According to Mirko Failoni, there is a part of the fanbase that expresses their opinions "with a certain firmness".

But from a certain point of view this supporters are in the declaration of intent of what we do. Sooner or later we will always have a group of super fans who, even if they spit on the ground, will say "work of art" (hopefully), as well as you will have detractors that whatever you do, even if there is proven evidence that you did well, they will come to say "yes, but, mh".

So this is something that, as time passes, interests me less and less. Even competing with Kickstarter makes little sense to me. It always depends on the context, on what kind of product you make, on a lot of things. Today there is a type of context and a type of following that allow you to do certain things and certain figures. If we see it in comparison to the results they will make in ten years, probably combining all the results of all our Kickstarters we will not make the successful Kickstarter that there will be in ten years, if the trend continues like this.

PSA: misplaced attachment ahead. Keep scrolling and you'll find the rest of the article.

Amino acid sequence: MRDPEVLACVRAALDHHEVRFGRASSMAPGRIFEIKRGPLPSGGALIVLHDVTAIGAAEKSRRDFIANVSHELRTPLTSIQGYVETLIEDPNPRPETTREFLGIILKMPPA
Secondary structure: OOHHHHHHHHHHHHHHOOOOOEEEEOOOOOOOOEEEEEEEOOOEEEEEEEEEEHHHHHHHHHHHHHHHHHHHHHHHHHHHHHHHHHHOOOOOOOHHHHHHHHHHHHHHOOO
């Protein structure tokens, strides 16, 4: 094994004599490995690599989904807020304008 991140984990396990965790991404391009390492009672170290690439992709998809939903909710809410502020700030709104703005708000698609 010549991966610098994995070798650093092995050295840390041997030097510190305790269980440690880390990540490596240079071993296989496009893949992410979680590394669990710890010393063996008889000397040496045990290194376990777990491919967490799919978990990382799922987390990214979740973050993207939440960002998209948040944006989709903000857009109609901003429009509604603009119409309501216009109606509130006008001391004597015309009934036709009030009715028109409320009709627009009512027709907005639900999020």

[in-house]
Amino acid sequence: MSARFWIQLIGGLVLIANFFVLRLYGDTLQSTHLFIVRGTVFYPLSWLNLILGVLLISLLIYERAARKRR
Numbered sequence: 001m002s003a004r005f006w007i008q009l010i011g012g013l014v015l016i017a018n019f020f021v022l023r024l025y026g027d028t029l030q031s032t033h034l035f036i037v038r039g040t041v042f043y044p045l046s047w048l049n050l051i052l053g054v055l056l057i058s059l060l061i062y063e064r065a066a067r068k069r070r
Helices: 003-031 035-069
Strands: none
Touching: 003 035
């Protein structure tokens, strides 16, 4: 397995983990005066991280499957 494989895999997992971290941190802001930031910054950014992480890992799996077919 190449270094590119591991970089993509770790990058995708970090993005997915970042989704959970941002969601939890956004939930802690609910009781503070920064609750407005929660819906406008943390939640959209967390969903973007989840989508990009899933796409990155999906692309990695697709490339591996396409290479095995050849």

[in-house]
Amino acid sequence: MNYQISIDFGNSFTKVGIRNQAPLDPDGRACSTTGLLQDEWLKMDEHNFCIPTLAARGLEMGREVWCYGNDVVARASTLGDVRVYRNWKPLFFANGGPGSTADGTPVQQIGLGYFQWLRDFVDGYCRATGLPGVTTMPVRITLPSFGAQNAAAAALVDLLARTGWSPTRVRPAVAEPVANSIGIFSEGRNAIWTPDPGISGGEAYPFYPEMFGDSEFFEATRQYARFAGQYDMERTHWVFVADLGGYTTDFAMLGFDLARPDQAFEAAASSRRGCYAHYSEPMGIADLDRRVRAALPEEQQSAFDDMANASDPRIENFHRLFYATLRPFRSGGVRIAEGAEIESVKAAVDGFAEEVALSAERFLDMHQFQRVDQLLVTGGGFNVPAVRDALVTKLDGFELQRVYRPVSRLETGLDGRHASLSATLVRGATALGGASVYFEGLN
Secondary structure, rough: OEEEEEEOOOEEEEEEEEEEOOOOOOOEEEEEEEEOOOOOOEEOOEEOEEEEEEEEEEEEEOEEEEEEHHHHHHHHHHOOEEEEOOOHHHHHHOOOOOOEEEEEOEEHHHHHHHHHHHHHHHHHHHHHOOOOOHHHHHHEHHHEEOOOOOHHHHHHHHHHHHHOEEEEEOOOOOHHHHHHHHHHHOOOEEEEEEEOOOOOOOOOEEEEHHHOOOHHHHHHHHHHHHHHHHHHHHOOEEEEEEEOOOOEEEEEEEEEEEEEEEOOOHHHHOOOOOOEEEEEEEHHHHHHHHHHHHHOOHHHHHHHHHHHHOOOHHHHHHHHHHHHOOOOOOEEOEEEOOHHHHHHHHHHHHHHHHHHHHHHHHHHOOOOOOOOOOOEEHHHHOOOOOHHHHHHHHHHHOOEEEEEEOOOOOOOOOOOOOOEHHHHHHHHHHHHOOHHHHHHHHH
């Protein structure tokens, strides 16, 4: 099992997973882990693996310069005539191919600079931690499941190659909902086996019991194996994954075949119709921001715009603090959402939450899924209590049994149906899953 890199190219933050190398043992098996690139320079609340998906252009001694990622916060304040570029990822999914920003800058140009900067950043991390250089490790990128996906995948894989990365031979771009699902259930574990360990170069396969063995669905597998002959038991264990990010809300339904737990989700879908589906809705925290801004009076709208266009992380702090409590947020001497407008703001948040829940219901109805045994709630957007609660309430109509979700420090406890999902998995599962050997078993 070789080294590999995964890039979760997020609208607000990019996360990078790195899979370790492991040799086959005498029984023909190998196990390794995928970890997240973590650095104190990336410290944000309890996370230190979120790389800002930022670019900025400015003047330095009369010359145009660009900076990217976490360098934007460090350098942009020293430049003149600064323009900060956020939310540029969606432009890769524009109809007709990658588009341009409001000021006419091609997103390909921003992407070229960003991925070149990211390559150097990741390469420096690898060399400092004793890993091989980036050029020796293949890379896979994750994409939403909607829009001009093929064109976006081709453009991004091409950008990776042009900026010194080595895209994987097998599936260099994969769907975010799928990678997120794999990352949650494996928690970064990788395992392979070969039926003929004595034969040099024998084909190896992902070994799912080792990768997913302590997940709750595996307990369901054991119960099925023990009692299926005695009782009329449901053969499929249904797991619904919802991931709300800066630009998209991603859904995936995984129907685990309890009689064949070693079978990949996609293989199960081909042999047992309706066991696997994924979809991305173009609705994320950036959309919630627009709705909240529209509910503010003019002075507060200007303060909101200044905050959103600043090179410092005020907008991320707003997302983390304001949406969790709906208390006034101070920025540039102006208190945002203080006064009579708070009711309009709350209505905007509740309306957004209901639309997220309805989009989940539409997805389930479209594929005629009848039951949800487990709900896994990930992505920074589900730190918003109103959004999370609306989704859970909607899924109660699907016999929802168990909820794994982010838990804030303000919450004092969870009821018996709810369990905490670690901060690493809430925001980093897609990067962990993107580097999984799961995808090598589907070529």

Kickstarter numbers as indicators of the success of an RPG?

Subsequently, a commentator pointed out that the Kickstarter numbers are one of the few indicators the public has to get an idea of ​​how Italian RPGs are doing. To this, Mirko Failoni replies:

Selling lots of copies of an RPG at launch is fine. But if in the following years the reviews kill you, if you got things wrong, you are years late, it is a result that you have made even € 100.000 more, compared to someone who did half of you, but over the years has a continuous sales that go well or even go up. In fact, there are settings that explode after a year.

Kickstarter has to be seen as how much gasoline the rocket has to get into orbit. It is not said that the rocket can be refueled later. It's just the initial push.

The Morgengabe agree and point out that the metrics that count in Kickstarters are two, and you can't see them from the number of backers or the amount obtained.